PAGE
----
Kelea was the beautiful sister of Kawao, king of Maui who, at the age of twenty-five, succeeded to the sovereignty of that island. Brought up in the royal court at Lahaina, Kelea was uncommonly beautiful. But she never cared about marriage. She loved the water and became the most graceful and daring surf-swimmer in the kingdom. Frequently, when the waters of Auau Channel surged wildly under the south wind, Kelea would plunge into the sea with her surf-board, and ride the waves that those who watched and applauded her were half-inclined to believe that she was the friend of some water-god, and could not be drowned.
When her brother spoke to her of marriage, Kelea gaily answered that the surf-board was her husband. The brother frowned at the answer, as he had hoped, by uniting his sister to a principal chief of Hana, to more thoroughly incorporate that portion of the island to his kingdom.
“Do not frown, Kawao,” said Kelea, coaxingly; I may marry some day, just to please you; but remember what the voice said in the wave at the last feast of Lono.”
That voice from the wave that Kelea heard was prophetic. It says that while Kelea continued to ride the waves at Lahaina, a husband, of the family of Kalona-iki of Oahu, was looking for her.
At that time at Lihue, on the island of Oahu, lived a chief named Lo-Lale. He was handsome, but he never married. Some years before, a beautiful chiefess whom he loved and was about to marry died by drowning. After that, he hated the sea, and was content to remain at Lihue, beyond the sound of its surges.
As his family wanted him to marry so that the family authority might be strengthened, Lo-Lale finally yielded and started to look for a wife from among the royal families of the other islands. Accordingly, a large koa canoe was fitted out at Waialua, and with trusty messengers despatched to the nearby islands in search of a wife for Lo-Lale. Among the chiefs selected for the delicate mission was Lo-Lale’s cousin, Kalamakua, a noble of high rank, whose lands were on the coast of the Ewa district.
Amid a chorus of alohas! the canoe dashed through the breakers and out into the open sea, holding a course in the direction of Molokai. Reaching that island early the next day, the party landed at Kalaupapa. They were informed that a large number of chiefs had accompanied the moi to that attractive resort, and that Kelea, sister of the king, and the most beautiful woman on the island as well as the most daring and accomplished surf-swimmer, was also there.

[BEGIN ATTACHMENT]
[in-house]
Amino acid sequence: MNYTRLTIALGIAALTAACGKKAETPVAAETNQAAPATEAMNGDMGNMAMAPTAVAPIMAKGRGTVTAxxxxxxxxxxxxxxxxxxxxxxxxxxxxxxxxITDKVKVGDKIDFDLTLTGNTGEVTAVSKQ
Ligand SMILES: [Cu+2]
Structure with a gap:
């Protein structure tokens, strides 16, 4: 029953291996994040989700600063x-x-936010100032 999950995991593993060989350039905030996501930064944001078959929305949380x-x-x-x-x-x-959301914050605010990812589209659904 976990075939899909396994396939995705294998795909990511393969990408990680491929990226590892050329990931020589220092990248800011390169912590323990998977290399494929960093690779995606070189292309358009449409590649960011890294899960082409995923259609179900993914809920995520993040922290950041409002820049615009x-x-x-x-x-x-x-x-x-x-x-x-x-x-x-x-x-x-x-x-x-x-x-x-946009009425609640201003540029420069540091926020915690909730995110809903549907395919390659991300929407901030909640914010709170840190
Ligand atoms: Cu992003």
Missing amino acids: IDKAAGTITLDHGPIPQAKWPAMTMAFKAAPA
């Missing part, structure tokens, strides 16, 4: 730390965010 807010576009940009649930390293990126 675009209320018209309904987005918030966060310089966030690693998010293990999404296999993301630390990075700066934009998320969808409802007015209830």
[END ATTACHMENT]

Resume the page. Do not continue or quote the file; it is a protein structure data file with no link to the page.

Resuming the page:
The party re-embarked and arrived the next morning off Hamakuapoko, just as Kelea and her attendants had gone down to the beach to surf. Swimming out beyond the breakers, and oblivious of everything but her own enjoyment, Kelea suddenly found herself within a few yards of the canoe of the Oahuan chiefs. Presuming that it was her own people, she swam still closer, when she discovered, to her amazement, that all the faces in the canoe were strangers to her. Kalamakua rose to his feet, and invited her to a seat in the canoe, offering to ride the surf with it to the beach.
The language of the chief was so gentle that the invitation was accepted, and the canoe mounted one of the great waves successively following two of lighter bulk and force, and was safely beached. The achievement was greeted with applause on the shore, and when the proposal was made to repeat the performance Kelea willingly retained her seat. Again the canoe successfully rode the breakers ashore, and then, through her attendants, Kalamakua discovered that the beautiful swimmer was none other than Kelea, the sister of the moi of Maui.
But when the wind ceased and the skies cleared, late in the afternoon, the canoe was far out at sea and beyond the sight of land. It was turned and headed back; but as there was no wind to assist the paddles, and the waters were still rough and restless, slow progress toward land was made; and when the sun went down Kalamakua was undecided which way to proceed.
Kalamakua, taking advantage of a squall which blew the craft out to sea, abducted Kelea to take her to Oahu. During the voyage, Kelea learned that she was to be the wife of Lo-lale, the high chief of Oahu. Needless to say Kalea was surprised and rather angry.
Later Kelea remembered the prophecy she heard and soon became the wife of Lo-lale. However, the marriage was doomed to fail. Lo-lale disliked the sea and preferred to live inland at Lihue. Kelea, confined in Lihue far from the sea, longed to return to the surf and was only happy on her occasional visits to the seashore at Ewa where she surfed in the company of Kalamakua. Finally, she vowed to return to the shores of her native island and left Lo-lale forever. However, on her way to Maui she stopped at Ewa and there accepted a proposal of marriage from Kalamakua, the chief who had abducted her. In the end, the prophecy was still correct: Kelea’s husband, of the family of Kalona-iki of Oahu, was looking for her.
We often hear something being dismissed as “just a myth” to imply that it is not true. In fact, “myth” and “truth” are often seen as opposites. If it is not analysed, written down in reports and be seen or heard, then it is a myth (“pics or it didn’t happen!” as young people like to say). For many, mythology is the study of old, meaningless and untrue stories. Some people, repelled by the myths’ more incredible elements and contradictions, see them as fabrications to be discarded because we like to think that we are too “sophisticated” to believe in something so ridiculous. But mythology’s enduring worth is never in its possible historical or scientific accuracy. When recitals of data and observable facts miss the point completely, some things can be dealt with adequately only in poetry or mythology. Love, hate, empathy, aversion, hunger, greed, altruism and all the other positive and negative aspects of being human are also facts. To ignore them by putting everything into numbers is to treat people as insensate objects and their lives as mechanical conditioned responses. This is a statistical perspective and it is as much a distortion of reality as any other limited point of view.